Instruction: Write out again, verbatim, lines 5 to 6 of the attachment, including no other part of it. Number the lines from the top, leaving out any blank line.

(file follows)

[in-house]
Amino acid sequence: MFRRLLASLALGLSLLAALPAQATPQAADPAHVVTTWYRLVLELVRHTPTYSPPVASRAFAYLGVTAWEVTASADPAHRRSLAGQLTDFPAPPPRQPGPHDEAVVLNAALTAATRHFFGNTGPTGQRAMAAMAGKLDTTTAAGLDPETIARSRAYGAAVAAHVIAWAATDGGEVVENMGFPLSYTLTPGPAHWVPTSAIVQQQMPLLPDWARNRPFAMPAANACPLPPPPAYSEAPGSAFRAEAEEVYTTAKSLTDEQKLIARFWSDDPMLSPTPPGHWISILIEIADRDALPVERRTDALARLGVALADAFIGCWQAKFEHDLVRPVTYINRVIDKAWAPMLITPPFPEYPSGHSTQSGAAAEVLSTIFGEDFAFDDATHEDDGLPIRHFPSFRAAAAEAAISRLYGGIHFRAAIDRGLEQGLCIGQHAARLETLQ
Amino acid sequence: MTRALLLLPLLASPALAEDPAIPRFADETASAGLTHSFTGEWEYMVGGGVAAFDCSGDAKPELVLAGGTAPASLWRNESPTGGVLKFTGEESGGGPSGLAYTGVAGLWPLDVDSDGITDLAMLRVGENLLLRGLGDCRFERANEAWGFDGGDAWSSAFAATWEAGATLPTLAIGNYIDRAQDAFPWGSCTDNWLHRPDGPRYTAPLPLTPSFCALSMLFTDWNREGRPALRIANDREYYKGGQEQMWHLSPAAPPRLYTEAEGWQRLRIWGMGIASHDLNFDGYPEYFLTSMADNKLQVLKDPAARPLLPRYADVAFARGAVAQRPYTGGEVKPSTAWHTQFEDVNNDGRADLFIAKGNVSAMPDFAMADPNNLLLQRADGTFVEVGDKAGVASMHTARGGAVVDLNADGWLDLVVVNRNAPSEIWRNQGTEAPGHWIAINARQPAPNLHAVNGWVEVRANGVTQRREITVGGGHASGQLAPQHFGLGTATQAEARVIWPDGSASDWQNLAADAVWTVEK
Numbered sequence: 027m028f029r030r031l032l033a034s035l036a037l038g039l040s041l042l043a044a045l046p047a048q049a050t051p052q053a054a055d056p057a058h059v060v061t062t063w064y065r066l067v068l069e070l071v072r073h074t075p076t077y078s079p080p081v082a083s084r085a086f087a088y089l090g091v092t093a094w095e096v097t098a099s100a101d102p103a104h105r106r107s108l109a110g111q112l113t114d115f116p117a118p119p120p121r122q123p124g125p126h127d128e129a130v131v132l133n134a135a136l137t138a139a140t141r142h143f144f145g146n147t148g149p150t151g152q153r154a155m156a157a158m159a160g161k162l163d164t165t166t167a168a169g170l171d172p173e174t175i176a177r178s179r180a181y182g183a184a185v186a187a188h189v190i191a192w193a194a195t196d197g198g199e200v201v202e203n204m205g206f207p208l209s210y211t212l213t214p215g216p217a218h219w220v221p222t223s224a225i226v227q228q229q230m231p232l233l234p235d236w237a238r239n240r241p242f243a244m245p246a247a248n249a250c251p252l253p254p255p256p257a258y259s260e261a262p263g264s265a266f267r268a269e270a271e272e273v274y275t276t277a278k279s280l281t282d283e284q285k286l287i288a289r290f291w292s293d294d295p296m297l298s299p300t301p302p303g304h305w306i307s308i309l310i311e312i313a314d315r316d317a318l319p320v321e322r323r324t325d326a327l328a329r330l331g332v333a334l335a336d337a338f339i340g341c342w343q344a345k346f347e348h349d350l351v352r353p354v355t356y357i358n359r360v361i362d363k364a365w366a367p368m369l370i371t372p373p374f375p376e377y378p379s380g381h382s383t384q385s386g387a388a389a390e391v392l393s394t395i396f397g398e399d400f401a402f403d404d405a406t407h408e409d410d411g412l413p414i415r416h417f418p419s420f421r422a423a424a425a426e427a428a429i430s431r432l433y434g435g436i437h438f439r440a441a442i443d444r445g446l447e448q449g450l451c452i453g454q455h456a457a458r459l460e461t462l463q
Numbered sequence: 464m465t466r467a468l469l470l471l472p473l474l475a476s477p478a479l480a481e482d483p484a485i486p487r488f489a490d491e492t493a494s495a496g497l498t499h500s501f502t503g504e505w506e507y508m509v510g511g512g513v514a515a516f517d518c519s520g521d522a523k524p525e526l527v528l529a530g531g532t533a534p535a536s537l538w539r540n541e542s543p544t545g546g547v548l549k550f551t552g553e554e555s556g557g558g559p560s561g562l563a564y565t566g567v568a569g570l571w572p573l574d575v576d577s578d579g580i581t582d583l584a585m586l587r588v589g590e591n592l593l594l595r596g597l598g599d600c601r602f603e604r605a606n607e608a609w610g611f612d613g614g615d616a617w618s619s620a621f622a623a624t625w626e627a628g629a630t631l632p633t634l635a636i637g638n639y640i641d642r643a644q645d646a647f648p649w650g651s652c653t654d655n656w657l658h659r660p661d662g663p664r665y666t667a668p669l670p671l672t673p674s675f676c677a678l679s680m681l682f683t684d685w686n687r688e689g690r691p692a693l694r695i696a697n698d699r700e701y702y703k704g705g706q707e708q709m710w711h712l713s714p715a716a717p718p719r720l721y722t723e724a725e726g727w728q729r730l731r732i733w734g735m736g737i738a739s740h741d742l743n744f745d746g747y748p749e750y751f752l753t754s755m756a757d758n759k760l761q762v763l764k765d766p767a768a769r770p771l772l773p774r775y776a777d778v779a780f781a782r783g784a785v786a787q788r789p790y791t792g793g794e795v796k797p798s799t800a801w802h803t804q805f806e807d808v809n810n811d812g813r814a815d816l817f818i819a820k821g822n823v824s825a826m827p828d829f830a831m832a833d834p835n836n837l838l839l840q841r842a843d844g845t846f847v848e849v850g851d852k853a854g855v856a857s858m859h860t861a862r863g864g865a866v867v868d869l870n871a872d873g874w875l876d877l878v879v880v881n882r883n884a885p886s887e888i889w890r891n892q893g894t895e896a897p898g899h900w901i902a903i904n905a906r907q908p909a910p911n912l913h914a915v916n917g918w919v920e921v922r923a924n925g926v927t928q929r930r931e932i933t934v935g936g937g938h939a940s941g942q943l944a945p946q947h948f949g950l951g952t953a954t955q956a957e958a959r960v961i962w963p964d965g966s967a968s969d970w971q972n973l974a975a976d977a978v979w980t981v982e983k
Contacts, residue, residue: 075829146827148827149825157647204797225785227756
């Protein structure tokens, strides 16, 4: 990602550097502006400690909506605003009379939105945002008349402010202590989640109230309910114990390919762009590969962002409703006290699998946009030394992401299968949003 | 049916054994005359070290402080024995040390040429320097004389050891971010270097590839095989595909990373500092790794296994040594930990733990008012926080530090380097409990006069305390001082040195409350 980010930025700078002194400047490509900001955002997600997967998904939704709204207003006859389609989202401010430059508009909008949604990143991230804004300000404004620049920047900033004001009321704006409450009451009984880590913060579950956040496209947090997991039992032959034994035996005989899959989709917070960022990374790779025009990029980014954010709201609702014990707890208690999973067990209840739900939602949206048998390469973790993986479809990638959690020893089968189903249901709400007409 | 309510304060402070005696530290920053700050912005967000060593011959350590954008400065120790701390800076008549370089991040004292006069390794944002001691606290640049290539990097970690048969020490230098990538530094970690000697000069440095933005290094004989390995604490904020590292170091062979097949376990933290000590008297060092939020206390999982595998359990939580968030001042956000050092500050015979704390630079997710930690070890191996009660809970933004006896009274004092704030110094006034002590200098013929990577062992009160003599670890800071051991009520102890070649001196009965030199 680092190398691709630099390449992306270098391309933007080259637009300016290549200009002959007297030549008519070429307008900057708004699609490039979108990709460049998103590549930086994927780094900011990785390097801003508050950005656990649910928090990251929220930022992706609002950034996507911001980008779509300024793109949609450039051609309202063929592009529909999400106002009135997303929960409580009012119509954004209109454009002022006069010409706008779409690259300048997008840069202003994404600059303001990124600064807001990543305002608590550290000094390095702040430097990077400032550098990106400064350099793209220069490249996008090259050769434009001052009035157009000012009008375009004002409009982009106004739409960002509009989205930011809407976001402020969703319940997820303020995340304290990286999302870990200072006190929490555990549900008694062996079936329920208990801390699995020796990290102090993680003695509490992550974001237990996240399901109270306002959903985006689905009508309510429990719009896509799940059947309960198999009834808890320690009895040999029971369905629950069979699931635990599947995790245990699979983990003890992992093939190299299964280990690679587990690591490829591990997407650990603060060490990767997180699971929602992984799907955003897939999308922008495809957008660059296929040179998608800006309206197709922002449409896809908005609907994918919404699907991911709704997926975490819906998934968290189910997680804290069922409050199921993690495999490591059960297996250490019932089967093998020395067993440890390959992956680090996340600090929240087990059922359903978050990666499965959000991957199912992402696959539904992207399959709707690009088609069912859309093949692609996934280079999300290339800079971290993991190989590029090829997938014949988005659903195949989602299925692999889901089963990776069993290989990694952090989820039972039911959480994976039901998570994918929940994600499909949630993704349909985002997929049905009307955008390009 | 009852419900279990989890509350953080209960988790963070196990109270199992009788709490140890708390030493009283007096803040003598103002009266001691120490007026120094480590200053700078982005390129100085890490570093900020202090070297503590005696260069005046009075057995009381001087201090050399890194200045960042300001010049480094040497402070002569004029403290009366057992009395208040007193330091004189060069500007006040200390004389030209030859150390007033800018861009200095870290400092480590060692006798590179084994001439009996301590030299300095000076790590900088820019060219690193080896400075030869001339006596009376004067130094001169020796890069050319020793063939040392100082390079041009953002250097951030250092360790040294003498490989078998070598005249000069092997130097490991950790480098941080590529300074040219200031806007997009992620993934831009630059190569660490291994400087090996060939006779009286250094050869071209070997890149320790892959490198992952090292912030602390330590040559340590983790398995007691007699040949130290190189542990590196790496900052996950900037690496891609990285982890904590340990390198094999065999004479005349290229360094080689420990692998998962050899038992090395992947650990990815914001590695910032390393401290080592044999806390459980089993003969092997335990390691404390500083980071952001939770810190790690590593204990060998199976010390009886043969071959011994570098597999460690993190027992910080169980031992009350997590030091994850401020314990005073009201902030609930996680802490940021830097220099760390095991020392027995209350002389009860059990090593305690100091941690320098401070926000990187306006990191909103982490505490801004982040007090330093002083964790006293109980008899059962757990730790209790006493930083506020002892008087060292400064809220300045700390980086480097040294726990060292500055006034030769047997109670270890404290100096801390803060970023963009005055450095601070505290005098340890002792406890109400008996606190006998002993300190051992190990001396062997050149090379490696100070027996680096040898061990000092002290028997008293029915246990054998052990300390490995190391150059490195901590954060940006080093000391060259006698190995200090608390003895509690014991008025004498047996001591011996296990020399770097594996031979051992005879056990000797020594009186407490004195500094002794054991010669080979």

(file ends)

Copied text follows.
Numbered sequence: 464m465t466r467a468l469l470l471l472p473l474l475a476s477p478a479l480a481e482d483p484a485i486p487r488f489a490d491e492t493a494s495a496g497l498t499h500s501f502t503g504e505w506e507y508m509v510g511g512g513v514a515a516f517d518c519s520g521d522a523k524p525e526l527v528l529a530g531g532t533a534p535a536s537l538w539r540n541e542s543p544t545g546g547v548l549k550f551t552g553e554e555s556g557g558g559p560s561g562l563a564y565t566g567v568a569g570l571w572p573l574d575v576d577s578d579g580i581t582d583l584a585m586l587r588v589g590e591n592l593l594l595r596g597l598g599d600c601r602f603e604r605a606n607e608a609w610g611f612d613g614g615d616a617w618s619s620a621f622a623a624t625w626e627a628g629a630t631l632p633t634l635a636i637g638n639y640i641d642r643a644q645d646a647f648p649w650g651s652c653t654d655n656w657l658h659r660p661d662g663p664r665y666t667a668p669l670p671l672t673p674s675f676c677a678l679s680m681l682f683t684d685w686n687r688e689g690r691p692a693l694r695i696a697n698d699r700e701y702y703k704g705g706q707e708q709m710w711h712l713s714p715a716a717p718p719r720l721y722t723e724a725e726g727w728q729r730l731r732i733w734g735m736g737i738a739s740h741d742l743n744f745d746g747y748p749e750y751f752l753t754s755m756a757d758n759k760l761q762v763l764k765d766p767a768a769r770p771l772l773p774r775y776a777d778v779a780f781a782r783g784a785v786a787q788r789p790y791t792g793g794e795v796k797p798s799t800a801w802h803t804q805f806e807d808v809n810n811d812g813r814a815d816l817f818i819a820k821g822n823v824s825a826m827p828d829f830a831m832a833d834p835n836n837l838l839l840q841r842a843d844g845t846f847v848e849v850g851d852k853a854g855v856a857s858m859h860t861a862r863g864g865a866v867v868d869l870n871a872d873g874w875l876d877l878v879v880v881n882r883n884a885p886s887e888i889w890r891n892q893g894t895e896a897p898g899h900w901i902a903i904n905a906r907q908p909a910p911n912l913h914a915v916n917g918w919v920e921v922r923a924n925g926v927t928q929r930r931e932i933t934v935g936g937g938h939a940s941g942q943l944a945p946q947h948f949g950l951g952t953a954t955q956a957e958a959r960v961i962w963p964d965g966s967a968s969d970w971q972n973l974a975a976d977a978v979w980t981v982e983k
Contacts, residue, residue: 075829146827148827149825157647204797225785227756